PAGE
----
Another strong staple mentioned throughout our research was the regulatory environment and the impacts on liquidity risk management. In particular one piece of regulation stood out as a leading area of focus for this year, this was the PRA 110. With the first round of submissions swiftly approaching many commented on how there is still much to be understood about the reporting requirement. For example how to reconcile data from the old return to the new return and ensure an efficient controls and governance process. Plus many raised concerns over the use of data by the PRA, it’s unclear on how they will use the information produced from the report and who they will share the data with. With only a few months left until the submission deadline firms are now actively working on the project and aiming to achieve regulatory compliance. However it has been mentioned that more clarity from the regulators would be beneficial to ensure that the requirement is better understood and delivered correctly.

The final area which was largely mentioned during the research project was the growing focus on markets and funding. Increasingly we are seeing market issues infringing on the liquidity world and expanding the remit of the liquidity professional. In particular several participants voiced their interest in the ability to manage funding in current and future markets. With tighter market conditions, increased regulation and growing competition within the industry funding constraints are a top priority for multiple FIs. Liquidity professionals in particular have a complex task of monitoring and managing funding risk to limit the impacts on liquidity. For example regulatory items such as LCR and NSFR have the potential to impact funding, so how can firms effectively manage this risk and deliver regulatory compliance? Arguably FIs must be adaptable when faced with funding constraints and have a sustainable plan in place for steering the balance sheet in times of uncertainty. With increasing pressure in global markets, politics and regulation many suggested that funding risk will become a firm point within the liquidity planning.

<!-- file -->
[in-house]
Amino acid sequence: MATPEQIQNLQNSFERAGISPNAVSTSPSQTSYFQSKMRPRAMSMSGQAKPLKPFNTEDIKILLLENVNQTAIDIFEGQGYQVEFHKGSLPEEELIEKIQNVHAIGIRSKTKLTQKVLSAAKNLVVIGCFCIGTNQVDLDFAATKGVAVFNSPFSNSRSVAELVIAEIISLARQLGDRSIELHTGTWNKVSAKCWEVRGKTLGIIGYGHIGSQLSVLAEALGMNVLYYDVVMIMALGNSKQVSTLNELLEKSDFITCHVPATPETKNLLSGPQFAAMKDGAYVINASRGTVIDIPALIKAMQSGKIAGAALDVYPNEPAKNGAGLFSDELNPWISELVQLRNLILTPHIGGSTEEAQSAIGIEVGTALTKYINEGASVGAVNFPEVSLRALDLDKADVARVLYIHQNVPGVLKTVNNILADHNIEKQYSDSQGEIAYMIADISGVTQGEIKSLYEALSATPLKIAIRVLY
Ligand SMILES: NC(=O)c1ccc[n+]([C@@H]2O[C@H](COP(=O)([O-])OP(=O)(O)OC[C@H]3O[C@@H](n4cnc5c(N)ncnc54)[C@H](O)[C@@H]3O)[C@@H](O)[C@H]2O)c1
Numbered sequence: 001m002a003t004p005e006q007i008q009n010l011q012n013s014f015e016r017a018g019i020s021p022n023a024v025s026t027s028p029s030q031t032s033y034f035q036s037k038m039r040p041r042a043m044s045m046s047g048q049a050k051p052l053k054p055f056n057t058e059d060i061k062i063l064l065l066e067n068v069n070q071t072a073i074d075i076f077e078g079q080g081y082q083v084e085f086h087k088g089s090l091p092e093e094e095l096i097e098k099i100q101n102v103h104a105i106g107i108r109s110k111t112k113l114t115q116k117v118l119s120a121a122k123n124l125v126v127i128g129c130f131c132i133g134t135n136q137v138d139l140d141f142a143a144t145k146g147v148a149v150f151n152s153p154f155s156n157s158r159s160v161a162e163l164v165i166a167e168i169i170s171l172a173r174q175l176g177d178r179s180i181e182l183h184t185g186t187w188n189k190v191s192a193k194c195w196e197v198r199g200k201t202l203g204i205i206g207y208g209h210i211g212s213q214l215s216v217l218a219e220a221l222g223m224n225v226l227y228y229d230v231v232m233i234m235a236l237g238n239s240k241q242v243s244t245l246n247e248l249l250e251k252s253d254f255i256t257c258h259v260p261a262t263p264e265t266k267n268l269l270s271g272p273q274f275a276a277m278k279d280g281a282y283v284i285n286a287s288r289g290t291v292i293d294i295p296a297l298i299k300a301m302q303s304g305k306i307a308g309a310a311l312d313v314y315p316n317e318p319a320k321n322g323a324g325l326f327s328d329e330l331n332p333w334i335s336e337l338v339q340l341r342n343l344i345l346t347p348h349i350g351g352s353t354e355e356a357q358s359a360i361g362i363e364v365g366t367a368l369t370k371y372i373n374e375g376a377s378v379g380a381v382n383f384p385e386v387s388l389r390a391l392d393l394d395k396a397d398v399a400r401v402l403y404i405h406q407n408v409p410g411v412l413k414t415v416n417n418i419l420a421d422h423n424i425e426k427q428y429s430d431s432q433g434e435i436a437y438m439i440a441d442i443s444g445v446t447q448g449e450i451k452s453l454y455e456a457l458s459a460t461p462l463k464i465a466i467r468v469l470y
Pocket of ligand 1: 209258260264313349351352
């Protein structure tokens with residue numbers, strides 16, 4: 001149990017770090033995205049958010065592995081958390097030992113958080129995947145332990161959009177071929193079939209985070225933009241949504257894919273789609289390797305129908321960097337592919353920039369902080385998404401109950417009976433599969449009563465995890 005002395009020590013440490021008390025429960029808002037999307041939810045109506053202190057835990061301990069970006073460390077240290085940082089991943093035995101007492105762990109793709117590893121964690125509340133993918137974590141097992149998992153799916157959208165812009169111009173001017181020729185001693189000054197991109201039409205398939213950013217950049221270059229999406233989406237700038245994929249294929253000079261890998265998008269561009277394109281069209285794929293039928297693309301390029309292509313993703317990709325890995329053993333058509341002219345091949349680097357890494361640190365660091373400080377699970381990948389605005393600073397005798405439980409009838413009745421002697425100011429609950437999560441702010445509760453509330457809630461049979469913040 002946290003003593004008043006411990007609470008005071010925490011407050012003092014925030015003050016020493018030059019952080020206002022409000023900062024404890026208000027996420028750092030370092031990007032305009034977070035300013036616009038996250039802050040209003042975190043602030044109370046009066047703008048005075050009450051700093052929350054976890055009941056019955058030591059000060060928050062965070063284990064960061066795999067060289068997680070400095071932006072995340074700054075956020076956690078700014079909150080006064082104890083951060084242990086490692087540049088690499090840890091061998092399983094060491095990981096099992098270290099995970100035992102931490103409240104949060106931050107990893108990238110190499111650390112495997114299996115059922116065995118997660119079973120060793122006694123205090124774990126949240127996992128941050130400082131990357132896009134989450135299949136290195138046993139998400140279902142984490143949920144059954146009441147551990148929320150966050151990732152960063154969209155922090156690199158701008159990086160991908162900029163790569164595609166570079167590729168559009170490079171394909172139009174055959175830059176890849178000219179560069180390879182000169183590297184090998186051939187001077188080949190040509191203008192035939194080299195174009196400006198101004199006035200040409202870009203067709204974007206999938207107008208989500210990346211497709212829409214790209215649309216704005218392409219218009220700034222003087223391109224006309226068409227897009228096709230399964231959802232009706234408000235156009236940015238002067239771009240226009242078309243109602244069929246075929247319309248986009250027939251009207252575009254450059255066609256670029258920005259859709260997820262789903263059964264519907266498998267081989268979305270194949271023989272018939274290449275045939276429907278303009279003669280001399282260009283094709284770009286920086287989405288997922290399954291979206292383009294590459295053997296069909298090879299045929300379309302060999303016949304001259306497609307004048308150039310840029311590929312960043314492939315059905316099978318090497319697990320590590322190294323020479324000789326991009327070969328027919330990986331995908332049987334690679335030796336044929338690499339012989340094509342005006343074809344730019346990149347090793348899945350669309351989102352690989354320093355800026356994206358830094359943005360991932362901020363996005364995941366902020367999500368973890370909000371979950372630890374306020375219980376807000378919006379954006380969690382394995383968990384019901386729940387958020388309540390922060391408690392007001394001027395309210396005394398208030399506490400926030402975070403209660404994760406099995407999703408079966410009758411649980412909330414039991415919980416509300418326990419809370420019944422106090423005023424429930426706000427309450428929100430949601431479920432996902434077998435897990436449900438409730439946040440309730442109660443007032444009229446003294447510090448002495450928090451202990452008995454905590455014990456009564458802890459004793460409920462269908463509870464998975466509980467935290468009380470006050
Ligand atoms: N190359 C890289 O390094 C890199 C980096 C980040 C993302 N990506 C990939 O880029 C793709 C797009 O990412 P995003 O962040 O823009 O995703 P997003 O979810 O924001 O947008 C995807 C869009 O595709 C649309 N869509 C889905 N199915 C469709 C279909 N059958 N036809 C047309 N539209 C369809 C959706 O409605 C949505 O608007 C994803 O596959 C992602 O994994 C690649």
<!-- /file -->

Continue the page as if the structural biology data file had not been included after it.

In conclusion the liquidity risk landscape is experiencing a wide array of changes and an increased workload. More often we are receiving feedback on how risk management is becoming holistic as firms attempt to break down silos and create greater inter-connection between risk teams. For liquidity risk management this is no different as our research programme highlighted evidence of this transition. For example the number one biggest challenge mentioned was Brexit, this is of course a political risk and yet the potential impacts on liquidity are enormous. Plus market issues around funding constraints are also entering the liquidity risk remit. With these areas and more feeding into the liquidity space professionals also have to contend with more traditional items such as a regulation and BAU. As mentioned previously this raises questions over managing workloads and prioritizing projects to ensure all bases are covered. Looking at how the role of the liquidity function has evolved over the last decade may provide us with an indication of future trends and expectations.

To explore these areas and more The Center for Financial Professionals will be hosting the 8th Annual Liquidity Risk Management Europe, taking place on the 13th of June in London. The compact and concise one day forum will explore the evolving role and scope of liquidity risk management including changes to markets, funding and regulation. Throughout the day attendees will gain the opportunity to hear from 15+ hand-picked liquidity and treasury professionals as they explore the landscape. To find out more and view the multi-stream agenda please visit our website at www.cefpro.com/liquidity.